Just like your muscles need food in order to grow, so does your “soul” (or whatever) need experience. And just like muscle growth happens during rest, so does soul growth happen during silence.
Experience is digested in the solitude of silence: you assimilate the wisdom, and you shit out negativity.
Today our digestive tracts have to work overtime, though, because we have an abundance of food, which leads to obesity. Likewise, we have an abundance of music, which makes us deaf to the sound and silence of the world.
About a century ago, music was a rare treat you could enjoy only during special social events. Yea, listing to music was an event in itself.
“Without music, life would be a mistake,” said Nietzsche, but keep in mind that he had already lost his mental faculties by the time the phonograph came to Germany. He certainly didn’t realize that hypothetical mistake by walking mindlessly through the streets wearing iPhone earphones.
In ancient times, music accompanied social rituals, religious ceremonies, political events, preparation for war, and marching into battle.
Today, music is omnipresent. And this omnipresence—this constant artificial auditory stimulation—robs us of its visceral power as well as of the power of silence.
When you go out to a club, concert, or festival, there should be music—celebration music. Also, when you go hit the gym, there should be music—war music (at least to crank up your testosterone production while you march into battle; when you’ve arrived, I recommend focused training without music).
Music is awesome for dancing, celebrating, and pumping yourself up. But when you’re at work, at home, among friends, or alone with your thoughts, music will distract you (unless you use it specifically for auditory meditation).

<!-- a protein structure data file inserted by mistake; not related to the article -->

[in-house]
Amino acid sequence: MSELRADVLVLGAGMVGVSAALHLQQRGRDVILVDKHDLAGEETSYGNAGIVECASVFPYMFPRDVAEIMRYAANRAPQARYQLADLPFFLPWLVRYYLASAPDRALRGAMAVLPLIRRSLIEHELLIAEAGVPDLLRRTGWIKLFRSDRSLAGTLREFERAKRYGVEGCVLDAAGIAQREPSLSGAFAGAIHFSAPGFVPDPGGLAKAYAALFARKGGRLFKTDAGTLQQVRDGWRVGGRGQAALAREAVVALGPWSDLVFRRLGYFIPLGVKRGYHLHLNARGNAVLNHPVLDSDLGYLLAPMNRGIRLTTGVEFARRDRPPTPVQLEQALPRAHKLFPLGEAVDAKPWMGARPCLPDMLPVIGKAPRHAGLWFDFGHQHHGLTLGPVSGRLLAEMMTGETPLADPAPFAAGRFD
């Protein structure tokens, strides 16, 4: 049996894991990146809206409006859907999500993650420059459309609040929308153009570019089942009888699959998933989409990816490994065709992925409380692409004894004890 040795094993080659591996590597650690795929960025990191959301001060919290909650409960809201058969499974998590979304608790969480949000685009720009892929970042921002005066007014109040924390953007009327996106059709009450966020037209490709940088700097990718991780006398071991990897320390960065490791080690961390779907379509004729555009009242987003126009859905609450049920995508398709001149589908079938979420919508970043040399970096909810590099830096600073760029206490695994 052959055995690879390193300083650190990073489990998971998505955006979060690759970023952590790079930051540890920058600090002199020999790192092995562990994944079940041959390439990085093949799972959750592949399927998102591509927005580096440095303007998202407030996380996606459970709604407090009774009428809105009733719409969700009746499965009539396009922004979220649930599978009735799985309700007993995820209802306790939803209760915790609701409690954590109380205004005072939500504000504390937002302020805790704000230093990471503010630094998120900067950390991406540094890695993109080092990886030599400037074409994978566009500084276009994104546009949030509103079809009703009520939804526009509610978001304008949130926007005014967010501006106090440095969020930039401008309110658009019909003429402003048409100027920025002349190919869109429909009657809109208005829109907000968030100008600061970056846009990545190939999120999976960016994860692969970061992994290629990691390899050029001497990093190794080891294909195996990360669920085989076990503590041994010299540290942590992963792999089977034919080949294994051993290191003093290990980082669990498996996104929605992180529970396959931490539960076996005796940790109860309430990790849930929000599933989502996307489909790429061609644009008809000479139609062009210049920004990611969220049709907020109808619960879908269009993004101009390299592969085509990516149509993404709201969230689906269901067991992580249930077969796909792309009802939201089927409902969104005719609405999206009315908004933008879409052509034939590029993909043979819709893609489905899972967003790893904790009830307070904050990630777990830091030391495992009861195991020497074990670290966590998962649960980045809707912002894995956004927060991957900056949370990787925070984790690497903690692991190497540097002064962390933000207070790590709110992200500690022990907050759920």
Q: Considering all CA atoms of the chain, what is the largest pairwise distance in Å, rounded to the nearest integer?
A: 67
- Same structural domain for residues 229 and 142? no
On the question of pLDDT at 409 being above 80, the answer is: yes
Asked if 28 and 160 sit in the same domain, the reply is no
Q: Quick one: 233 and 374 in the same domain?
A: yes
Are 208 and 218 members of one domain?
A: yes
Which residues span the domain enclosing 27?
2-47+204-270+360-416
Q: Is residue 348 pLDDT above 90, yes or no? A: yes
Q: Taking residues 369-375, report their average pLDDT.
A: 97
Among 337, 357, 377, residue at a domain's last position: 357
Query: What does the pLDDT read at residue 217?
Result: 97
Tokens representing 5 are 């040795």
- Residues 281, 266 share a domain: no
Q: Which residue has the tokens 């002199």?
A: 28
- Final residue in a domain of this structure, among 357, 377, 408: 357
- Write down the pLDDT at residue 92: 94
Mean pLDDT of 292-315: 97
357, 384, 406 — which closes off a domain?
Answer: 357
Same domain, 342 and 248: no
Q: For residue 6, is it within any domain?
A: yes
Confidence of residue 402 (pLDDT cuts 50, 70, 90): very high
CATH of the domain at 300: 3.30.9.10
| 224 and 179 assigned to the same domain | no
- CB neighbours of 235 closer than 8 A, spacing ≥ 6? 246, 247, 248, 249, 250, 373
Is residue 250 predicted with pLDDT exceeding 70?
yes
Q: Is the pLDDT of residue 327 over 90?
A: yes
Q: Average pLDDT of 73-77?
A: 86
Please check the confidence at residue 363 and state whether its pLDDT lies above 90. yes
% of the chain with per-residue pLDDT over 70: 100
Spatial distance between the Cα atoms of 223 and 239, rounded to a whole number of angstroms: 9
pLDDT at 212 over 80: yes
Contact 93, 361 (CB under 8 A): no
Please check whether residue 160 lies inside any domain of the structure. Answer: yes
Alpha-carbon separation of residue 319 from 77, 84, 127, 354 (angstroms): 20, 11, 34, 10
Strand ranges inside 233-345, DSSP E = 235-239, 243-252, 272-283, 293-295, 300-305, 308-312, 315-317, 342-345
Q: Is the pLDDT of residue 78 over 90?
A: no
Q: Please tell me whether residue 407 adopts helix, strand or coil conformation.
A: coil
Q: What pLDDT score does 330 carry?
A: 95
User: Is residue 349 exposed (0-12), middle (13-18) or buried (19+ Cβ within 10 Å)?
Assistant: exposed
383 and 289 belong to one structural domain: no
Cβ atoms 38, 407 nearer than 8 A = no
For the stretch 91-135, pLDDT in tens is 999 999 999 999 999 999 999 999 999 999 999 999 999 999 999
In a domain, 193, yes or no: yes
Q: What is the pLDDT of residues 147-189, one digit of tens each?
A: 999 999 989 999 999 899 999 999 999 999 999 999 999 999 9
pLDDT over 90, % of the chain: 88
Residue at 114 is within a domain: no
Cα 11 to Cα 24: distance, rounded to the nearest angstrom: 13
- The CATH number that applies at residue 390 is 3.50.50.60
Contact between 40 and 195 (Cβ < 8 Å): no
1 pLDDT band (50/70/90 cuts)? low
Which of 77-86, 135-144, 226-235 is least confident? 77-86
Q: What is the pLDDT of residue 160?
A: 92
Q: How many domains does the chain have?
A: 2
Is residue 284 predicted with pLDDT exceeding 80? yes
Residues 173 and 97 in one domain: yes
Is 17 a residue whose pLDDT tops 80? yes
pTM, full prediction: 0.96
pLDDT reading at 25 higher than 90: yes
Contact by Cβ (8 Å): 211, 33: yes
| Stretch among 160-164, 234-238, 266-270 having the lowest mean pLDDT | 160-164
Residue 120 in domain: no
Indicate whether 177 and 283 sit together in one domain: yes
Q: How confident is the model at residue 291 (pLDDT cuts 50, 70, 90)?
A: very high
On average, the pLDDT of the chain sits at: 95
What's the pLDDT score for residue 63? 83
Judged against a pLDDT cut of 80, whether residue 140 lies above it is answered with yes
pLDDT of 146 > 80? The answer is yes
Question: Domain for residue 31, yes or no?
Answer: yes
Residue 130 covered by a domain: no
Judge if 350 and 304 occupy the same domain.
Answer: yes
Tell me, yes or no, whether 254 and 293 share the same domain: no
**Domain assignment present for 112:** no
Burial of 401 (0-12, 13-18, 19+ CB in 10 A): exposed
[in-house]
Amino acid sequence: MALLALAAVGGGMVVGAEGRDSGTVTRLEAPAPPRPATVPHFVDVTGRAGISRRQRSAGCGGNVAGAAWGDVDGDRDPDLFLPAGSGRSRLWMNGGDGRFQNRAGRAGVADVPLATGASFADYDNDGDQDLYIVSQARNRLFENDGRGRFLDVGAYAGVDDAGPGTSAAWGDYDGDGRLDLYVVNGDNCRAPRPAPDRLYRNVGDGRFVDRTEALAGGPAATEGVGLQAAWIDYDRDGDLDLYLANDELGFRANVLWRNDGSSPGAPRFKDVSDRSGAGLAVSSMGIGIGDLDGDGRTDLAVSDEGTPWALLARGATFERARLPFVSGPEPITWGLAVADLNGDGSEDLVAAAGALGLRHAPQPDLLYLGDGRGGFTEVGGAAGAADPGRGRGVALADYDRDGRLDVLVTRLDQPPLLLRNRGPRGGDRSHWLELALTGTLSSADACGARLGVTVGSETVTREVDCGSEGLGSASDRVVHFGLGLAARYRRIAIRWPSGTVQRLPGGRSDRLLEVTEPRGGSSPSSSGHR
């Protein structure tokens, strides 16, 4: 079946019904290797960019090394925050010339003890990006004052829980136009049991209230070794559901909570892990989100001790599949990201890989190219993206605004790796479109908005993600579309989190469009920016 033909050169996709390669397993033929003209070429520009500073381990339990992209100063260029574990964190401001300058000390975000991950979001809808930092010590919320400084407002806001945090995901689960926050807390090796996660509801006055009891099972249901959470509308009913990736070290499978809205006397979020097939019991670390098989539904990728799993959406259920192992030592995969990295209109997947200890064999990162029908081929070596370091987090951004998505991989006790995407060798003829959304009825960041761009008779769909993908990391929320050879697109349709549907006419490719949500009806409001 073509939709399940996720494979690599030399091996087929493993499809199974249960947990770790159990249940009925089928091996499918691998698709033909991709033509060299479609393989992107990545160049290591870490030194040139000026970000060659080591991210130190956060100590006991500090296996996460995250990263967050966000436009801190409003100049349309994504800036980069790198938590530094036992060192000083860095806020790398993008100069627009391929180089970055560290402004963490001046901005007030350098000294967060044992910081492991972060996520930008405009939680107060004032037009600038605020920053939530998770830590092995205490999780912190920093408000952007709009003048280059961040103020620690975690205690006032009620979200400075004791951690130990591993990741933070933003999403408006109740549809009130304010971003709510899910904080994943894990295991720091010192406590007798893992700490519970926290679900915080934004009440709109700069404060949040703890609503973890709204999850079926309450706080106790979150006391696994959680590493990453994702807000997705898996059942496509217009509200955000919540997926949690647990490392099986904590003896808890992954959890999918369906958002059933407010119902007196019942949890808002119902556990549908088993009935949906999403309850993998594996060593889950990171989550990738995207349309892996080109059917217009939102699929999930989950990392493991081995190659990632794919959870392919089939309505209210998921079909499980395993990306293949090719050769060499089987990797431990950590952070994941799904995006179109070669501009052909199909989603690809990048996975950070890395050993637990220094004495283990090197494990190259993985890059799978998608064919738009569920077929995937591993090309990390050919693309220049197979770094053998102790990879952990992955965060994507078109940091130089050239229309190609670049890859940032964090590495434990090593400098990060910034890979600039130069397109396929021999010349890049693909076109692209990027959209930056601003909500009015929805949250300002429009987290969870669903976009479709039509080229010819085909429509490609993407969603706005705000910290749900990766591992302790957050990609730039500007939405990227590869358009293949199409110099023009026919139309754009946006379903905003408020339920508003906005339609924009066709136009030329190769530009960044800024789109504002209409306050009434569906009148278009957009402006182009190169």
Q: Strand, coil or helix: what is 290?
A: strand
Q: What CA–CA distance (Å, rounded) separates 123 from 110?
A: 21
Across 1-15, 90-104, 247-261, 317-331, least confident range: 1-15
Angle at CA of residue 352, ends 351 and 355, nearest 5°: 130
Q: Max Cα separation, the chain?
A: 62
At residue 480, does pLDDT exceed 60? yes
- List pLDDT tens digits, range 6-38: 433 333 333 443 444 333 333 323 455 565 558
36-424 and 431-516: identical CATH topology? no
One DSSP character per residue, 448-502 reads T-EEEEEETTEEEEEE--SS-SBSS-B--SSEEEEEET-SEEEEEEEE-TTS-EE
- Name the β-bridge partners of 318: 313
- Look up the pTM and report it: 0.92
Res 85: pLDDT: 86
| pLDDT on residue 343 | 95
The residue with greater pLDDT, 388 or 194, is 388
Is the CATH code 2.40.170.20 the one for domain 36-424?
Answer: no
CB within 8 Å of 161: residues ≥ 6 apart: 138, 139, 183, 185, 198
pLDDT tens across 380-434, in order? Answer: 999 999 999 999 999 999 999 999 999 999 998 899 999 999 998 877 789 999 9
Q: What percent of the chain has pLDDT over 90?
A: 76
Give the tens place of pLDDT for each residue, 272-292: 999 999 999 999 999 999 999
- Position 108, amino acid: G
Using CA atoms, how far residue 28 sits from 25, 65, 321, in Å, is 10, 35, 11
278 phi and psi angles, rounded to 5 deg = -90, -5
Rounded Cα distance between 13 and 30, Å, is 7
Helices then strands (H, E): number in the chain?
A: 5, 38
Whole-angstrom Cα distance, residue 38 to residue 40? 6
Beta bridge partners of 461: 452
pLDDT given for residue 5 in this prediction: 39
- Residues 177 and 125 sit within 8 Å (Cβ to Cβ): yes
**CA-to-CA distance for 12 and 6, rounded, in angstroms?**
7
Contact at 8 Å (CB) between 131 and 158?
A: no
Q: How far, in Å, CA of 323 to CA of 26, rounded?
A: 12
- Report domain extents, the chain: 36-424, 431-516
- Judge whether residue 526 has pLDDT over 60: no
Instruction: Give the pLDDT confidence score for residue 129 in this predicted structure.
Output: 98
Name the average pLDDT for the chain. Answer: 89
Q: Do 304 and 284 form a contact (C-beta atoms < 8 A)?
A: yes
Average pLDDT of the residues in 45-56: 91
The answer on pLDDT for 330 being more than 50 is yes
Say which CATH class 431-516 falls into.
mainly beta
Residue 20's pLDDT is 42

True, life’s not all black and white: there are different types of music that have different effects on the brain: from ambient and instrumental to metal and lyric-dense rap songs. Some album may put you in a good flow state and help you work more productively. But it could also chip away at your ability to do deep creative work. What measures do you take to ensure that you’re not just blindly following habits?
Be aware that music consumption robs you of a silence you may not even know exists; people have music in their heads even when they’re not listening to it. You may be a musician, yea! an avid creator!—all the power to you, my friend! But more likely, you’re just a consumer. And as a consumer, you don’t know silence: you’re either exposing yourself to sounds or you hear voices of addiction telling you to expose yourself more.
If you’re never in silence, you won’t grow in spirit. But actually, you don’t have to turn off the music to be in silence. Music is not the enemy. It’s just such a loving friend that it may make you forget the silence of the Now. For silence is, in fact, omnipresent (now literally). Silence is between sounds just as mindcoolness is between thoughts and feelings. There is always deep silence, providing you with a space for growth.
To listen to the silence, wherever you are, is an easy and direct way of becoming present. Even if there is noise, there is always some silence underneath and in between the sounds [that’s what I call “deep silence”]. Listening to the silence immediately creates stillness inside you. Only the stillness in you can perceive the silence outside. (The Power of Now by Eckhart Tolle)
That’s how mindcoolness and silence are connected!
If, however, you’re deaf to deep silence, you can use shallow silence to open your ears:—turn off the music, get rid of external stimulation, and stop consuming. Then listen. Listen to the silence of nature. Listen to the silence of your presence. That’s where growth happens. And it’s one more step on the path to mindcoolness.